Jack Zaleski, Published January 14 2012
Zaleski: When world ends, Twinkies will endure
It was with some nostalgic sadness, therefore, I read the news last week that Hostess Brands might go under and Twinkies might disappear from shelves. While the finger-wagging food police might cheer the news, those of us who survived the alleged nutritional hell of which Twinkies were a delicious part will miss the little yellow cakes stuffed with the oh-so-sugary filling that made my dentist crazy.
Ever a Twinkie fan but never a Twinkie addict, I said goodbye to the ubiquitous pastries in the late 1980s when I discovered they had a frighteningly long shelf life.
In the fall of 1969, I drove my 1964 VW Beetle from Connecticut to North Dakota. Traveling on a slim budget, the bug was packed with clothing, personal items and food. Among the stash of food were double packages of Twinkies. Coffee and Twinkies kept me going.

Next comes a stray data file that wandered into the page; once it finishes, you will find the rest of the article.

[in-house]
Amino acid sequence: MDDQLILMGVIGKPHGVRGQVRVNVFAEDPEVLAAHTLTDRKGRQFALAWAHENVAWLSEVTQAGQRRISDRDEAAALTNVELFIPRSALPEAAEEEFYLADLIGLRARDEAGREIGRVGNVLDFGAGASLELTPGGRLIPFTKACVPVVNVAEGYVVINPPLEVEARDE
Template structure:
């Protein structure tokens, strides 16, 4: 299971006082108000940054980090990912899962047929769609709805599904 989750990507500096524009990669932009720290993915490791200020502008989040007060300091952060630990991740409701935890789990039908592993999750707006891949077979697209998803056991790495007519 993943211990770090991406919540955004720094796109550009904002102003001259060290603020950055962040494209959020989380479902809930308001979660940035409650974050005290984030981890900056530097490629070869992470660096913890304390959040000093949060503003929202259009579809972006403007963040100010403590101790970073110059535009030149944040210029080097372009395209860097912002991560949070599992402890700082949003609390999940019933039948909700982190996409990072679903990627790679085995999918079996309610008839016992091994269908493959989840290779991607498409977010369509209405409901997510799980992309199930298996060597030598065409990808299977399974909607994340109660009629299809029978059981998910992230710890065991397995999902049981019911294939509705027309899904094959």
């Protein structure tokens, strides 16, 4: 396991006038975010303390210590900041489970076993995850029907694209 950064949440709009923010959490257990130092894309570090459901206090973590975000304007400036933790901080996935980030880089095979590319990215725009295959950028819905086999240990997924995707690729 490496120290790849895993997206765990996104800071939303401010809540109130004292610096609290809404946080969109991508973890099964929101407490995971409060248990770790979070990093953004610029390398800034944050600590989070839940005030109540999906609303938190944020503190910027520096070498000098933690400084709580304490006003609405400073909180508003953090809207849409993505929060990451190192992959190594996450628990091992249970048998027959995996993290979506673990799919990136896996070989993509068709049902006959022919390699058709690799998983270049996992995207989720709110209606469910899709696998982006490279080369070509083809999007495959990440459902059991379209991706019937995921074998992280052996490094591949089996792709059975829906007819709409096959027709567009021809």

Years later, the crippled VW having been shoved into the trees behind my Devils Lake, N.D., home, I decided to sell the car (big mistake). While cleaning out the glove box, I found the remains of a wooden English Leather box (remember that cologne of college-boy choice?) I’d used for toll road coins. Stuffed behind the box in a crumpled and dusty A&P sack – Twinkies! One crushed, but still-wrapped, two-Twinkie package. It had been there for 17 years. I tore it open and, yes, bit in. Still good, if a tad crunchy.
A few days later, still getting the car ready for sale, I noticed mice had feasted on the vinyl seats, rubber floor mats and the roof lining. They’d gnawed into the wood of the English Leather box. And it struck me: The Twinkies were untouched; not a hint of gnawing. Hmmm …
I’ve not been much of a Twinkies eater since then. Still, I’ll miss their bright yellow presence on store shelves. There is something so American, so universally honest about them. Nothing pretentious. No promises of health benefits. Just a sweet mass-produced pastry that pretty much defined the genre for generations – and apparently has a shelf life for the record books.
Contact Editorial Page Editor Jack Zaleski at email@example.com or (701) 241-5521.